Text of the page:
Digital Transformation Road Map for Late Adopters
by Daniel Newman | December 7, 2016
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Haven’t gotten on board with digital transformation yet? Still holding on to your industrial-age principles, technology, and management techniques? It’s time to catch up to the present. Change can be scary thing and transformation can seem overwhelming, but, in my experience, it’s a lot less scary than the alternative—being left in the dust by competitors, possibly with a dying business. Take the digital leap.

If you are unsure where to start, think of your transformation as the X at the end of a treasure map. Follow this map, and you’ll be able to easily and successfully navigate the transformation your business needs.

Identify Areas that Need to Change—But Be Flexible

It’s natural that your employees and other internal stakeholders will have questions and concerns about the risks and challenges of digital transformation. Approach their concerns with openness and understanding—fear makes people obstinate. Flexibility is your job—and it is key to a successful transformation. Once you’ve identified the areas that need to adjust and innovate, invest mid- and lower-level team managers in the transformation and be flexible, taking their feedback into account in your organization’s long-term plans for change.

Openly Communicate with Employees, the C-Suite, Shareholders, and Customers

There’s no better way to boost employees’ buy-in around digital transformation than through open lines of communication at all levels of your organization. C-suite executives and others involved in the decision-making processes need to be in honest and open communication with those who aren’t sitting around the table in meetings. Clear lines of communication help prevent employees from feeling management has sprung something new on them. When they’re privy to the conversation, they can be prepared for and invested in the changes when they arrive.

People First: Figure Out What Can Make Business Easier

Ultimately, the changes you’re driving at through digital transformation are not about the process itself. The changes are about the people involved, both the employees doing the work and the shareholders and customers your organization serves. It’s important to take a people-first approach to transformation, thinking about ways to build buy-in at all levels. As I’ve said before, one of the most obvious changes managers can make is in their thinking—digital change is about the people, not the technology.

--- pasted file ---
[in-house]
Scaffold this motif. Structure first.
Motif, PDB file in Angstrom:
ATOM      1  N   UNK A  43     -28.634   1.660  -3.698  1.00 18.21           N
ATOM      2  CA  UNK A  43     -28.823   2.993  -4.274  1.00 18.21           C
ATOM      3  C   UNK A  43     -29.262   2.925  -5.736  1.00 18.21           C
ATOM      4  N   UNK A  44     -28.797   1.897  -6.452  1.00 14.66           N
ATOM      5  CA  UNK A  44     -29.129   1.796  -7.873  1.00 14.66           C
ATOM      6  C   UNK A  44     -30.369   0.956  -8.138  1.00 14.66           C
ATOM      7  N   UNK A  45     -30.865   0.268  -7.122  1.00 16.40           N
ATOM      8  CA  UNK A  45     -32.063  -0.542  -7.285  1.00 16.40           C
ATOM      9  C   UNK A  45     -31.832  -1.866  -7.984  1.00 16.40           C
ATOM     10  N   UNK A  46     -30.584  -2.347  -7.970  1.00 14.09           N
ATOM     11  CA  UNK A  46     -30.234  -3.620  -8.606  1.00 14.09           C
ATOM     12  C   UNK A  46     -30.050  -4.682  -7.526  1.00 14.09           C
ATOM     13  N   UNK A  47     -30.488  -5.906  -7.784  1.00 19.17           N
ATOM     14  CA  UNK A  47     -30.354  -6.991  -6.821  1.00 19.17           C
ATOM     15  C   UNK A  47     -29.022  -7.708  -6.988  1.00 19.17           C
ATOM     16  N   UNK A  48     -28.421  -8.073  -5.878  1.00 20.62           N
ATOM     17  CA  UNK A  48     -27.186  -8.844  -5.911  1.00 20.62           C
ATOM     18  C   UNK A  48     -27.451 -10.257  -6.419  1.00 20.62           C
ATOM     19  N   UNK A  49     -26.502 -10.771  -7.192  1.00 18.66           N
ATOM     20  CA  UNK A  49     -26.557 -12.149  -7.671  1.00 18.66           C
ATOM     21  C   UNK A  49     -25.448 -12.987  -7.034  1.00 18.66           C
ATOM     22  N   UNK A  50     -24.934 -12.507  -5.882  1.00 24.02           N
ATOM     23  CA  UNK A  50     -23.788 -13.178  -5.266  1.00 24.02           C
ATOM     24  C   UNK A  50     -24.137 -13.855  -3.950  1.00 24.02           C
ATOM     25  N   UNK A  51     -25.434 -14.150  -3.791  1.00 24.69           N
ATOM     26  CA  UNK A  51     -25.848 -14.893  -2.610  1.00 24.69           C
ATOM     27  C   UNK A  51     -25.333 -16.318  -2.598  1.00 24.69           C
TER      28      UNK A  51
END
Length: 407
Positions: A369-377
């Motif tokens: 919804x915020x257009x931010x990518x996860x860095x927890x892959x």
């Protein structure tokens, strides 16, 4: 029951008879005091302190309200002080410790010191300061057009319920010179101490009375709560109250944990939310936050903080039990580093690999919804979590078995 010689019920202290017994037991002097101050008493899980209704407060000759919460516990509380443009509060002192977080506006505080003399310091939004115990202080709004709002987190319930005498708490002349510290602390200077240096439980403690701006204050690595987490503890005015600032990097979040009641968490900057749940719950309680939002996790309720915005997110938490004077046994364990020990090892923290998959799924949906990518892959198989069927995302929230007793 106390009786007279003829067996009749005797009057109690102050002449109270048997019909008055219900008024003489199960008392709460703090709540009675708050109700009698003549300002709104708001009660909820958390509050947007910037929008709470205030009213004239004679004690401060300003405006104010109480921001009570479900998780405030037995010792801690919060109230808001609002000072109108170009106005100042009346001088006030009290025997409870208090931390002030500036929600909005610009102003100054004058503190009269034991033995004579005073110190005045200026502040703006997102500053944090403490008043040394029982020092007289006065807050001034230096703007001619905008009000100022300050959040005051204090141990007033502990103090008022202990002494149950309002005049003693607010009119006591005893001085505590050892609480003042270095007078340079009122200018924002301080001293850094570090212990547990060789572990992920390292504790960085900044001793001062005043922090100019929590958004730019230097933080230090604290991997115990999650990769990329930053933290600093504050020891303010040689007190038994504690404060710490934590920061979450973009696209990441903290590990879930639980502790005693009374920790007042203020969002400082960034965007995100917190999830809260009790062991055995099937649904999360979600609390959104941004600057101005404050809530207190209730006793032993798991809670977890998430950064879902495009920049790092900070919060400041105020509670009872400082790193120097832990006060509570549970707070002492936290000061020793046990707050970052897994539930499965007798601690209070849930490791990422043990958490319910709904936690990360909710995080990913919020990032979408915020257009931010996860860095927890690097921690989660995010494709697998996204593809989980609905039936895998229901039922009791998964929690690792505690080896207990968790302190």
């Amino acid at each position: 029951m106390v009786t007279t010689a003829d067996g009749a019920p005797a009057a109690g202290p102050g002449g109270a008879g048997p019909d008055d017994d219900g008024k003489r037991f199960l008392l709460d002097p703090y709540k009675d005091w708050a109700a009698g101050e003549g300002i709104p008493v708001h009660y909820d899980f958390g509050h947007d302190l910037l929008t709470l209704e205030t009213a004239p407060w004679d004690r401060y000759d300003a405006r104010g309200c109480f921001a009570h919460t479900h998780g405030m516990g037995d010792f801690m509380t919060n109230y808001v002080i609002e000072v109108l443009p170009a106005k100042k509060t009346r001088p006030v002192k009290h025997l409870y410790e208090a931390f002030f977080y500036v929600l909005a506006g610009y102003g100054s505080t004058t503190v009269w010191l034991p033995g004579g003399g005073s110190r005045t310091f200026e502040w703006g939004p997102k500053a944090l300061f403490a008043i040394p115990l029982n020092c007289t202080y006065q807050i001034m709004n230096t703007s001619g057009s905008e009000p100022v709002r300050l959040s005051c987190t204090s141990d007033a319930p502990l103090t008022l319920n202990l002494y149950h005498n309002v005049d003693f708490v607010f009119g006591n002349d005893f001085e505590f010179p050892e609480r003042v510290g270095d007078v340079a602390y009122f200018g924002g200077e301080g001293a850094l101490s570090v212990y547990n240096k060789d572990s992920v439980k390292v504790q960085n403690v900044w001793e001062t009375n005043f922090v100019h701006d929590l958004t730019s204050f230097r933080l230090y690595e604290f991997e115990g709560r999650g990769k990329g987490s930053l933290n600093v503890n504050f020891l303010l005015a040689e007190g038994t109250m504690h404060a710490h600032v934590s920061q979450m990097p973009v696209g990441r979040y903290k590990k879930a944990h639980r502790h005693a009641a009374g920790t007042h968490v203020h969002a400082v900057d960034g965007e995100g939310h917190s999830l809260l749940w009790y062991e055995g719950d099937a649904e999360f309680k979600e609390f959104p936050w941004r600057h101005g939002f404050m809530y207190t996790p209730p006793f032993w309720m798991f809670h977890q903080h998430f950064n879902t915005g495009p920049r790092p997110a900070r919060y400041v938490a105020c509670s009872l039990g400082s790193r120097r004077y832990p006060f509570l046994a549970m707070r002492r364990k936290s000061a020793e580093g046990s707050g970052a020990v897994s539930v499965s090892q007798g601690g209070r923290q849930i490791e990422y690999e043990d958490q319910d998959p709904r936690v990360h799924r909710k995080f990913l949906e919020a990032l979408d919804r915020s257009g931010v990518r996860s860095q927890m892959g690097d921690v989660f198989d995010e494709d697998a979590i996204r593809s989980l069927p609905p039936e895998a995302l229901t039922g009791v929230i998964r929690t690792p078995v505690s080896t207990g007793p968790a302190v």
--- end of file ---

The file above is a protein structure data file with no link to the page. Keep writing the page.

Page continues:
Educate your stakeholders about how the changes will benefit them. This is particularly important for organizations that are late in adopting new technologies because it demonstrates how the competition is using these tools to their benefit.

Create Benchmarks and Goals

Take the process one step at a time, especially when there’s uncertainty or reluctance about digital transformation. Leaders from the C-suite down should be adaptable and excited about the change. They can help establish clear benchmarks and goals for when key changes will take effect.

Help stakeholders understand the timeline and how each step affects them and their work. And make sure employees understand how meeting those goals will benefit them personally, as well as the company, in the long run. They want the company to do well, but it’s easier to adapt when they see immediate advantages.

Start Using Data to Make Decisions

One of the good things about being a late adopter is that you’ll likely find a lot of data available about how the new technology you’re implementing will benefit your organization. Use that data to reach smart decisions about the digital transformation. Share this data widely, both within your organization and with external stakeholders—it will increase everyone’s understanding of the rationale behind the changes.

Be Open to Constant Feedback

Everyone loves it when things go perfectly according to plan, but there are often hiccups in even the best-laid plans. As the transformation gets rolling, organizational leaders need to be open to upward feedback from those farther down the line. In my experience, it’s the team who will see issues first, so their feedback should be your first line of defense against bigger issues. If something’s not working, take that feedback into account and adjust the process accordingly. Not only does this benefit your business, but it also boosts employee morale and company culture when people feel their concerns are heard and addressed.

Digital transformation requires more than a decision to change the way things are run. It must consider employees from every level of the business, and leaders should encourage an attitude of positive change—once you get the digital ball rolling, you’ll be shocked how long it took to finally take advantage of what’s out there.

photo credit: sant.o io sto bene via photopin (license)

About the Author

Daniel Newman is the Principal Analyst of Futurum Research and the CEO of Broadsuite Media Group. Living his life at the intersection of people and technology, Daniel works with the world’s largest technology brands exploring Digital Transformation and how it is influencing the enterprise. Read Full Bio